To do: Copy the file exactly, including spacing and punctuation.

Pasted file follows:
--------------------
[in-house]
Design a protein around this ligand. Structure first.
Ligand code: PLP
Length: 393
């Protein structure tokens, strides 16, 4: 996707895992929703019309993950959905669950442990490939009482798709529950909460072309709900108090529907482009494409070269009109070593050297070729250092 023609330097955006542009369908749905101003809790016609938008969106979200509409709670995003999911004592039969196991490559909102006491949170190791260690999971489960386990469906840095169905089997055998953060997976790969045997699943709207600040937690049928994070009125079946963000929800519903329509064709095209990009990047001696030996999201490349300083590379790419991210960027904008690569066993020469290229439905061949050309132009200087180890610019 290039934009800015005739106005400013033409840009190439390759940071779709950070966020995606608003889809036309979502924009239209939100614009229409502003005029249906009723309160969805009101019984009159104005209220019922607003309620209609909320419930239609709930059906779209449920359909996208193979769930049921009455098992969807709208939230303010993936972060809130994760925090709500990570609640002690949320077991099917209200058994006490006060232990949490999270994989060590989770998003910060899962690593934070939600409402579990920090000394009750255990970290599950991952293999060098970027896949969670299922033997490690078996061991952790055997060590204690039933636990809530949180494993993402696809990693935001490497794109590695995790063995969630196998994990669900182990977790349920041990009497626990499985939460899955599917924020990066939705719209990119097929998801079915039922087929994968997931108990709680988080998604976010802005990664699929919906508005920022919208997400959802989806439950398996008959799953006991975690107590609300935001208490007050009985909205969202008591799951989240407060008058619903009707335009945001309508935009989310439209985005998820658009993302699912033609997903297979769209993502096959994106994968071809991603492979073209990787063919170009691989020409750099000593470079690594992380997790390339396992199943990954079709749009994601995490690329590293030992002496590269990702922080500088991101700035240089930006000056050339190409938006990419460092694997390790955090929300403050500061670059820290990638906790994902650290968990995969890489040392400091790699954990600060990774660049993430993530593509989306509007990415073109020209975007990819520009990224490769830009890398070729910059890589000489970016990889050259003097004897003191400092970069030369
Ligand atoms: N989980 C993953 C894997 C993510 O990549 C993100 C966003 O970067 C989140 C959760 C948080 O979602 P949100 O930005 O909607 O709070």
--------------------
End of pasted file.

[in-house]
Design a protein around this ligand. Structure first.
Ligand code: PLP
Length: 393
């Protein structure tokens, strides 16, 4: 996707895992929703019309993950959905669950442990490939009482798709529950909460072309709900108090529907482009494409070269009109070593050297070729250092 023609330097955006542009369908749905101003809790016609938008969106979200509409709670995003999911004592039969196991490559909102006491949170190791260690999971489960386990469906840095169905089997055998953060997976790969045997699943709207600040937690049928994070009125079946963000929800519903329509064709095209990009990047001696030996999201490349300083590379790419991210960027904008690569066993020469290229439905061949050309132009200087180890610019 290039934009800015005739106005400013033409840009190439390759940071779709950070966020995606608003889809036309979502924009239209939100614009229409502003005029249906009723309160969805009101019984009159104005209220019922607003309620209609909320419930239609709930059906779209449920359909996208193979769930049921009455098992969807709208939230303010993936972060809130994760925090709500990570609640002690949320077991099917209200058994006490006060232990949490999270994989060590989770998003910060899962690593934070939600409402579990920090000394009750255990970290599950991952293999060098970027896949969670299922033997490690078996061991952790055997060590204690039933636990809530949180494993993402696809990693935001490497794109590695995790063995969630196998994990669900182990977790349920041990009497626990499985939460899955599917924020990066939705719209990119097929998801079915039922087929994968997931108990709680988080998604976010802005990664699929919906508005920022919208997400959802989806439950398996008959799953006991975690107590609300935001208490007050009985909205969202008591799951989240407060008058619903009707335009945001309508935009989310439209985005998820658009993302699912033609997903297979769209993502096959994106994968071809991603492979073209990787063919170009691989020409750099000593470079690594992380997790390339396992199943990954079709749009994601995490690329590293030992002496590269990702922080500088991101700035240089930006000056050339190409938006990419460092694997390790955090929300403050500061670059820290990638906790994902650290968990995969890489040392400091790699954990600060990774660049993430993530593509989306509007990415073109020209975007990819520009990224490769830009890398070729910059890589000489970016990889050259003097004897003191400092970069030369
Ligand atoms: N989980 C993953 C894997 C993510 O990549 C993100 C966003 O970067 C989140 C959760 C948080 O979602 P949100 O930005 O909607 O709070």